When Ohara Corporation decided to upgrade its range of snow groomers for the first time in two decades, it wanted an engine with low emissions and noise levels without sacrificing torque. Most engine suppliers winced at the complexity of the task.
In Japan, snow requires a gentle touch. The country’s ski slopes sit at a lower altitude than in Europe or the United States, leaving the snow more humid and powdery. The air is kept pristine by one of the world’s strictest emissions regulations, passed in 2015.
“The new emissions regulations in Japan has really raised the bar,” says Minoru Baba, Assistant Chief of Vehicle Design at Ohara Corporation. “We checked with quite a few engine suppliers. We saw that Scania’s engines had passed European standards, which are similar to those in Japan, and we knew they worked well in winter conditions.”
Ohara was already using Scania engines in its Arctic exploration vehicles, which have to meet the toughest environmental standards going. Pleased with the results, the company decided to remodel its mid-range snow groomer around a 9-litre 350 hp Scania engine.
“We already had new features for the upgrade, so once we got the Scania engine into place things progressed smoothly,” says Baba during a break in testing the new model, which goes on sale in November. “The passion that Scania had for the task made it easy to work together.”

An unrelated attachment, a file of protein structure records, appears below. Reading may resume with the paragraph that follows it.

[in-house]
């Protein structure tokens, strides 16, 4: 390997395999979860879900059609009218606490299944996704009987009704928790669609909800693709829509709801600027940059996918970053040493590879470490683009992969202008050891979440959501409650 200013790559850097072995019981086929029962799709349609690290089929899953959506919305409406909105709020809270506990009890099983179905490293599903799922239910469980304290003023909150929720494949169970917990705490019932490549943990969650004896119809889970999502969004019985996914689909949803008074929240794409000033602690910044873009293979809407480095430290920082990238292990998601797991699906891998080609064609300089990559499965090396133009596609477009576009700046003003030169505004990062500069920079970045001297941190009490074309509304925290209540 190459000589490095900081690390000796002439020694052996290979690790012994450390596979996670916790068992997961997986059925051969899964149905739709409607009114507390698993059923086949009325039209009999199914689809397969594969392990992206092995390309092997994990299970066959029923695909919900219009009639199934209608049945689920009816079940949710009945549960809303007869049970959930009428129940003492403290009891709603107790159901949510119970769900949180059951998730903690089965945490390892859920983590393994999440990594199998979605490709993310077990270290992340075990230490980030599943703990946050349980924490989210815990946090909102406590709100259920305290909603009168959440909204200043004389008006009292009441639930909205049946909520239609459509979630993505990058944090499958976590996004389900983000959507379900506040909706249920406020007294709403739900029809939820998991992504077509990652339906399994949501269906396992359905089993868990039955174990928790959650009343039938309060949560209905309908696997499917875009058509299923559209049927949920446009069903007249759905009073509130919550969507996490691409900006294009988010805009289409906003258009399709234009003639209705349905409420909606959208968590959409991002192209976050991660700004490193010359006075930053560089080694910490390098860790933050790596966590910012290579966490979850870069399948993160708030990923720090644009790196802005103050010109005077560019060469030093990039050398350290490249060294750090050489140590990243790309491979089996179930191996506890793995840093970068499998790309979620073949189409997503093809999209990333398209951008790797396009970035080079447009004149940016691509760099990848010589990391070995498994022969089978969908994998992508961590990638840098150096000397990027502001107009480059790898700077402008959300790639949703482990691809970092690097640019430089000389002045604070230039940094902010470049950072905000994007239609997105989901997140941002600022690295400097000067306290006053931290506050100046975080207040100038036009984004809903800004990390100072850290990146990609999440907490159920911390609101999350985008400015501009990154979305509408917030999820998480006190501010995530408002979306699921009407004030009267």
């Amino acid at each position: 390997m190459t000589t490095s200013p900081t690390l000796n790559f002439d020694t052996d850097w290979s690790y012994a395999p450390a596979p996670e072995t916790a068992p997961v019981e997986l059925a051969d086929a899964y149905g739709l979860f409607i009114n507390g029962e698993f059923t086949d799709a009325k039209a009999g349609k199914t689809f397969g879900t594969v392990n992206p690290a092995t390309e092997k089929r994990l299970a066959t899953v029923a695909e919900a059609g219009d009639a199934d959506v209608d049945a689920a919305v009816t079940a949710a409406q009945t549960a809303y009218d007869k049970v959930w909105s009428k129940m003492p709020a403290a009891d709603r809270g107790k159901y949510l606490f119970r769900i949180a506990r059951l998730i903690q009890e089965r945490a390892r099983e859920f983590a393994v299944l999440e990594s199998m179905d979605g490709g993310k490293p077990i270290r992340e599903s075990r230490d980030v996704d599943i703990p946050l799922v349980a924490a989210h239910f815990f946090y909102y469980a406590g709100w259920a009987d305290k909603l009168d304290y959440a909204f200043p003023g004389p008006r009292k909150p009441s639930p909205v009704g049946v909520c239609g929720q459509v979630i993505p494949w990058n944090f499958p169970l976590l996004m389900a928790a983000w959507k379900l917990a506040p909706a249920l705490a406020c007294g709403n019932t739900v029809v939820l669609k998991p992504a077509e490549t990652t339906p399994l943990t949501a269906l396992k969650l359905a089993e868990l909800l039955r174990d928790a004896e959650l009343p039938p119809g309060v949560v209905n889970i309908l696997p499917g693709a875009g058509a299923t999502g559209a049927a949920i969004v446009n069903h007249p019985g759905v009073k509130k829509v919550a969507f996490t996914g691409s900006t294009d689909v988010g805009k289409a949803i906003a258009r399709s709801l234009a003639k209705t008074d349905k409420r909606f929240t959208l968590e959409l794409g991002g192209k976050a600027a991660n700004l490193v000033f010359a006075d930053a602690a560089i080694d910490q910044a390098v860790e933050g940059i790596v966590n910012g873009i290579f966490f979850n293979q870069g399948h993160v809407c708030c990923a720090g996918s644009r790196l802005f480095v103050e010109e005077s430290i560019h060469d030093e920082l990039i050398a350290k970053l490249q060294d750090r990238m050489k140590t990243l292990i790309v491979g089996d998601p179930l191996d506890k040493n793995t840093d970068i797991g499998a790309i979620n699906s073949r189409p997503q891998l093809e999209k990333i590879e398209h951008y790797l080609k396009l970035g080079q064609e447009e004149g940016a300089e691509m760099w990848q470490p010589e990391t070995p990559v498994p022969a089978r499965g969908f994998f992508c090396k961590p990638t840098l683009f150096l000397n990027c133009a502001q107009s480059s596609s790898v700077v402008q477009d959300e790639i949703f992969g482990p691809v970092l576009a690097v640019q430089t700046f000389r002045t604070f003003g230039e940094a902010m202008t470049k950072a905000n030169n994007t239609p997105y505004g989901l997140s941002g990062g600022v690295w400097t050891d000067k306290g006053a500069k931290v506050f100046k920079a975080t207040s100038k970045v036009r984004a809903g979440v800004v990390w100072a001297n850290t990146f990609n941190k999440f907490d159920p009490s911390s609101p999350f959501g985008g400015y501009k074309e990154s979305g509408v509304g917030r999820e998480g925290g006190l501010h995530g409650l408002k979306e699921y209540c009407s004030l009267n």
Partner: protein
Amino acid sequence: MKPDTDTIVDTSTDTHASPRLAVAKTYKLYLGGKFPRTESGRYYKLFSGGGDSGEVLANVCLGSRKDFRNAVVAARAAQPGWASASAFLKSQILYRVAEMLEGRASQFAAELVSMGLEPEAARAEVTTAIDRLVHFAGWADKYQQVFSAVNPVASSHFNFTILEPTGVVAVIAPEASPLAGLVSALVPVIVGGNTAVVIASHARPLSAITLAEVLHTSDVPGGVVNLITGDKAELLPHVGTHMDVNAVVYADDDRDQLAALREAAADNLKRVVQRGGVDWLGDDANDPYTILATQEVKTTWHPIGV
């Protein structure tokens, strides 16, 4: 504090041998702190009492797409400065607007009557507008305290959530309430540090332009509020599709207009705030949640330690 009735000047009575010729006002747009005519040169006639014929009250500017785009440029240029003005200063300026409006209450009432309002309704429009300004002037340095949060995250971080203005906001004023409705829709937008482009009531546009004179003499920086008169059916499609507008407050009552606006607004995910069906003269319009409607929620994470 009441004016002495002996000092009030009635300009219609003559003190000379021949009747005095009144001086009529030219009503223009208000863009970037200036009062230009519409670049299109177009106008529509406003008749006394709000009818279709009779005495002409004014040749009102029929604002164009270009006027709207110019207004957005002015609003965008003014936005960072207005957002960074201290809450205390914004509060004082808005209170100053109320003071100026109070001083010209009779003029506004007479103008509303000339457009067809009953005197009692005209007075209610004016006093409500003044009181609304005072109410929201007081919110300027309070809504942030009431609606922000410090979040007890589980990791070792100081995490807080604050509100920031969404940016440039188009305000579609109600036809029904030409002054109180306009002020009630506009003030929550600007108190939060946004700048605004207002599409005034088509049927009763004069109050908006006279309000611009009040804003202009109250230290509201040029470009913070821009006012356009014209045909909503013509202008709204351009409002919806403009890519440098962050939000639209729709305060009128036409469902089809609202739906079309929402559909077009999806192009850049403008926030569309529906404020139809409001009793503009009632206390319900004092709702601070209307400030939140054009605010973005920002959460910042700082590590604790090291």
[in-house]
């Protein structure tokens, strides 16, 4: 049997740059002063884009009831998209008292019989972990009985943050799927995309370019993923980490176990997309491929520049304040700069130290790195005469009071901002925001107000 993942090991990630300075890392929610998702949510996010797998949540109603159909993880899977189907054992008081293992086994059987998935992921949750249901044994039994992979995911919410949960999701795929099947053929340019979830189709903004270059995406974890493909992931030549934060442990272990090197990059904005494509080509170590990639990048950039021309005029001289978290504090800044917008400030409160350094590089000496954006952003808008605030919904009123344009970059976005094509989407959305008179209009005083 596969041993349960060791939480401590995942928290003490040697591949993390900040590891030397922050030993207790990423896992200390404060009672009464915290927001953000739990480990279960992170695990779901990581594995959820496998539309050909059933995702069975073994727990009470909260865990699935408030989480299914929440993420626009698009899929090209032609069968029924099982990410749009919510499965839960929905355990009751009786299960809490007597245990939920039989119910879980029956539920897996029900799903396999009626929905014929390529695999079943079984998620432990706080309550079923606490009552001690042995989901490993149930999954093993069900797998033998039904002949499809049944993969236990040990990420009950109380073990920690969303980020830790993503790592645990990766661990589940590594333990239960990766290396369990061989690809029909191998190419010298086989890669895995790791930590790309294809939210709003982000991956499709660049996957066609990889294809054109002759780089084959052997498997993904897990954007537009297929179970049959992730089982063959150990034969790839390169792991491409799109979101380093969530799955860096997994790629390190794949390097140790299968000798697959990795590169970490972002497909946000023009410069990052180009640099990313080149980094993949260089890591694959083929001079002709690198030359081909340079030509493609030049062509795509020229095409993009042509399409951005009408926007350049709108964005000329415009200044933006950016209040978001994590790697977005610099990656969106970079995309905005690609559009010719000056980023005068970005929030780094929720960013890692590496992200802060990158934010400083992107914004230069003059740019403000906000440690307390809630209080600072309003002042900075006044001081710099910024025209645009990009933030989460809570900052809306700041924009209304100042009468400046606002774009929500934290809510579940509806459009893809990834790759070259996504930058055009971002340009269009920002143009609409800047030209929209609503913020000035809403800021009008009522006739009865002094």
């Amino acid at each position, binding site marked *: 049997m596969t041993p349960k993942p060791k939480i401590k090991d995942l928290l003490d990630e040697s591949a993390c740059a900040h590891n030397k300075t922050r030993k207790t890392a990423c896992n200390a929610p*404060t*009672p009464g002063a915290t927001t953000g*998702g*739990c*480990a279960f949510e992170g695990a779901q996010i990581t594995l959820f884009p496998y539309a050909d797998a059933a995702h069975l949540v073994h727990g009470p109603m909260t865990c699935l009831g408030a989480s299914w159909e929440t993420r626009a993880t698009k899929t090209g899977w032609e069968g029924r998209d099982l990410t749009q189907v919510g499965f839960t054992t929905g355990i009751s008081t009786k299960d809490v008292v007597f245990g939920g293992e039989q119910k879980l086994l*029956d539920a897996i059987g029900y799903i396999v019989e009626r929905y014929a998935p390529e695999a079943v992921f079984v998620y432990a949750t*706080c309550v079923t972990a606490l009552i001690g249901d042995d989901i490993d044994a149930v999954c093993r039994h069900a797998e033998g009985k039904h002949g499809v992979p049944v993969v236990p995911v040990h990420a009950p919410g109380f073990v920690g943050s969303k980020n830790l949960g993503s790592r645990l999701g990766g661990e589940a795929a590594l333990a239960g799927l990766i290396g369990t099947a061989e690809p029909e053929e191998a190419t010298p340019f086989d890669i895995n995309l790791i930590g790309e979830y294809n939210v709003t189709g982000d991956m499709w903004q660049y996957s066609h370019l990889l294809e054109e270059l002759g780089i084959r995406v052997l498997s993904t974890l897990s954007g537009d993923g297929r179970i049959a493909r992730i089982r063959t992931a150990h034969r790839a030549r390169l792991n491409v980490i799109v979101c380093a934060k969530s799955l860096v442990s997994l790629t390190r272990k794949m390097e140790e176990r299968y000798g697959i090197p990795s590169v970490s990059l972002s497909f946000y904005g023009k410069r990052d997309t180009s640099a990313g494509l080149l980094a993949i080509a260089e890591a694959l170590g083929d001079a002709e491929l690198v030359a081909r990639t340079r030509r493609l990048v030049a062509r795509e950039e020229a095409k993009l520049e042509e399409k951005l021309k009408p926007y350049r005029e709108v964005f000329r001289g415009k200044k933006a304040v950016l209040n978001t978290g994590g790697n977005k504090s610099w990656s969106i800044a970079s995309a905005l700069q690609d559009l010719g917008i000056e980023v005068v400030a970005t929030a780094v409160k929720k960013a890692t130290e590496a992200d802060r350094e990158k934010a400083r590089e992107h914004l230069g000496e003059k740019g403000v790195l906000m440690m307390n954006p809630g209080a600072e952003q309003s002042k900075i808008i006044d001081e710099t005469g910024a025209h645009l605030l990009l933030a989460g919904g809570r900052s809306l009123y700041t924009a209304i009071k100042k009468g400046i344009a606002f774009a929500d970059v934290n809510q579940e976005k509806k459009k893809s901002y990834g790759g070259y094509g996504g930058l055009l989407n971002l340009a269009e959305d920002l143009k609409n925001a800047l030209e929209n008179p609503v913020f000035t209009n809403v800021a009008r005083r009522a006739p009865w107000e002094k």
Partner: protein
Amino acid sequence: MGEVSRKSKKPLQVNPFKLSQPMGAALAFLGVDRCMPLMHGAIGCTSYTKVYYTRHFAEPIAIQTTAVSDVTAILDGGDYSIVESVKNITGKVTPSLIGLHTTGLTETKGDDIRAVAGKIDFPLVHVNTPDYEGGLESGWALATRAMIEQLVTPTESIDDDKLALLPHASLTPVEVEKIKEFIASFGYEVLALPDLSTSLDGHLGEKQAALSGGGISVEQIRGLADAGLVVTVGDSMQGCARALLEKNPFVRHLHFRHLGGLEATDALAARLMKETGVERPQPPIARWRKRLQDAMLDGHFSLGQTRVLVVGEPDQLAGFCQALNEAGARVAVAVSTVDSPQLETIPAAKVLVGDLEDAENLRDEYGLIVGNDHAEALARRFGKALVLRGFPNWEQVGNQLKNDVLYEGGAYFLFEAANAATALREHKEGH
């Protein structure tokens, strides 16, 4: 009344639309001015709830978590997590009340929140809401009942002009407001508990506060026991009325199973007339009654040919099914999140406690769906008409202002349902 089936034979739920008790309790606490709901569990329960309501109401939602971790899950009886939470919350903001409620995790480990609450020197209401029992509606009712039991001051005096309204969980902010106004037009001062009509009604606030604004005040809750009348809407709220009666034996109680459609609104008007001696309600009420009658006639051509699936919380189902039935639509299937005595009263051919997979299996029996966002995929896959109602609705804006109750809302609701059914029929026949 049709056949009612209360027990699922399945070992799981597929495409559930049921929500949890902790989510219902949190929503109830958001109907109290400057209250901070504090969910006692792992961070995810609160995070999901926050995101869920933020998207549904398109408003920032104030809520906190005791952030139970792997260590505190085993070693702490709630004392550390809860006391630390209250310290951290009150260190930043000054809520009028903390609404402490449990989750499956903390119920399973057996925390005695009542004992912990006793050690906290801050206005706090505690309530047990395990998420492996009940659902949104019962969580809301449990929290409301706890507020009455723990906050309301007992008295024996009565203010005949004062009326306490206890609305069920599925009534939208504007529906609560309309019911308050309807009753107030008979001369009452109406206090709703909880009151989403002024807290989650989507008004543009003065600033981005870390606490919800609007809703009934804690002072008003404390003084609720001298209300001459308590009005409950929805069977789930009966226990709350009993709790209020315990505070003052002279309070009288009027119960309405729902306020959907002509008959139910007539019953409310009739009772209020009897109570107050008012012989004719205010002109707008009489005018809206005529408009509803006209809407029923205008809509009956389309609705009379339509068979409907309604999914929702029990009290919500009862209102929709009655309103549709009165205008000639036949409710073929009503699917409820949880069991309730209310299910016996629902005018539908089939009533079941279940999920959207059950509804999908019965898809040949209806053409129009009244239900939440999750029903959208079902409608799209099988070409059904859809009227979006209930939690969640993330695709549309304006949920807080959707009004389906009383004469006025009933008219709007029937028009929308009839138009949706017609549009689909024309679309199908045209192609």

Less maintenance with compact design
The engine’s compact design, which doesn’t require a diesel particulate filter, suggests it will also require less service and maintenance – a key factor in sales, Baba says.
The result after more than two years of joint effort is a machine that is quieter, faster and more stable than previous models. It is lighter than European groomers and has a rear shredder to help it climb Japan’s narrow slopes and smooth out lumps of ice.
As the sun rises, Baba climbs back into the enlarged three-person cabin. Unlike in rival machines, the driver sits in the middle in a low-backed seat that makes descents more comfortable.
Snow grooming is tough work. Japanese operators drive for up to eight hours a day, often starting their shift at 2 am. They need a machine that is nimble and easy to use, yet reliable and modern.
“I wanted to make the kind of machine that I’d like to ride,” Baba says.
Ohara Corporation chose the Scania 9-litre 350 hp engine because it combined high torque with low emissions and noise levels. Low maintenance costs could be an added bonus.